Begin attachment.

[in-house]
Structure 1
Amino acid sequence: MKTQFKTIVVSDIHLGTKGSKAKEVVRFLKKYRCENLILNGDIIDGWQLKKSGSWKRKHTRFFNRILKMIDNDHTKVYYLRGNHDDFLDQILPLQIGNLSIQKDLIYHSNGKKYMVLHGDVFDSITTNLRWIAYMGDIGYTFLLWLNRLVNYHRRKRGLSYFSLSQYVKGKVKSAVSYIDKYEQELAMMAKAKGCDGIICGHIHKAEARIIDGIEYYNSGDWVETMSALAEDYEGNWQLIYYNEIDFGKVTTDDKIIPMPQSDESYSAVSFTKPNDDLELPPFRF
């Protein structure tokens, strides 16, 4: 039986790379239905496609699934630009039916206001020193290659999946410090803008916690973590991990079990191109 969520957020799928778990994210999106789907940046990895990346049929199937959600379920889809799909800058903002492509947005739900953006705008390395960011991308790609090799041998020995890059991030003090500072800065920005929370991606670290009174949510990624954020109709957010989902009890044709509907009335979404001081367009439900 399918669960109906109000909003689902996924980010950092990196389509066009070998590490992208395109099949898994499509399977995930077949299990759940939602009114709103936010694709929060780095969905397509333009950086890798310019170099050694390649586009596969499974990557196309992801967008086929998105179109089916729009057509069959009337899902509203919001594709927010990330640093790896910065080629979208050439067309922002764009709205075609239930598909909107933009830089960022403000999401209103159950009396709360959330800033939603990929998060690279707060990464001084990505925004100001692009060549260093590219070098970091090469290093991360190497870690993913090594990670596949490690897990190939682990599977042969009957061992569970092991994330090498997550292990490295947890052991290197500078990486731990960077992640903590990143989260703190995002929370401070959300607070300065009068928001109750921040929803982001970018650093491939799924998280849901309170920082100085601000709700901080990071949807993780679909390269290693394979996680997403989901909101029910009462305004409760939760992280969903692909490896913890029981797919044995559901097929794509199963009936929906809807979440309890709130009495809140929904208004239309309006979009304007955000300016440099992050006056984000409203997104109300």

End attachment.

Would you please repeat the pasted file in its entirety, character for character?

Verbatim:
[in-house]
Structure 1
Amino acid sequence: MKTQFKTIVVSDIHLGTKGSKAKEVVRFLKKYRCENLILNGDIIDGWQLKKSGSWKRKHTRFFNRILKMIDNDHTKVYYLRGNHDDFLDQILPLQIGNLSIQKDLIYHSNGKKYMVLHGDVFDSITTNLRWIAYMGDIGYTFLLWLNRLVNYHRRKRGLSYFSLSQYVKGKVKSAVSYIDKYEQELAMMAKAKGCDGIICGHIHKAEARIIDGIEYYNSGDWVETMSALAEDYEGNWQLIYYNEIDFGKVTTDDKIIPMPQSDESYSAVSFTKPNDDLELPPFRF
């Protein structure tokens, strides 16, 4: 039986790379239905496609699934630009039916206001020193290659999946410090803008916690973590991990079990191109 969520957020799928778990994210999106789907940046990895990346049929199937959600379920889809799909800058903002492509947005739900953006705008390395960011991308790609090799041998020995890059991030003090500072800065920005929370991606670290009174949510990624954020109709957010989902009890044709509907009335979404001081367009439900 399918669960109906109000909003689902996924980010950092990196389509066009070998590490992208395109099949898994499509399977995930077949299990759940939602009114709103936010694709929060780095969905397509333009950086890798310019170099050694390649586009596969499974990557196309992801967008086929998105179109089916729009057509069959009337899902509203919001594709927010990330640093790896910065080629979208050439067309922002764009709205075609239930598909909107933009830089960022403000999401209103159950009396709360959330800033939603990929998060690279707060990464001084990505925004100001692009060549260093590219070098970091090469290093991360190497870690993913090594990670596949490690897990190939682990599977042969009957061992569970092991994330090498997550292990490295947890052991290197500078990486731990960077992640903590990143989260703190995002929370401070959300607070300065009068928001109750921040929803982001970018650093491939799924998280849901309170920082100085601000709700901080990071949807993780679909390269290693394979996680997403989901909101029910009462305004409760939760992280969903692909490896913890029981797919044995559901097929794509199963009936929906809807979440309890709130009495809140929904208004239309309006979009304007955000300016440099992050006056984000409203997104109300």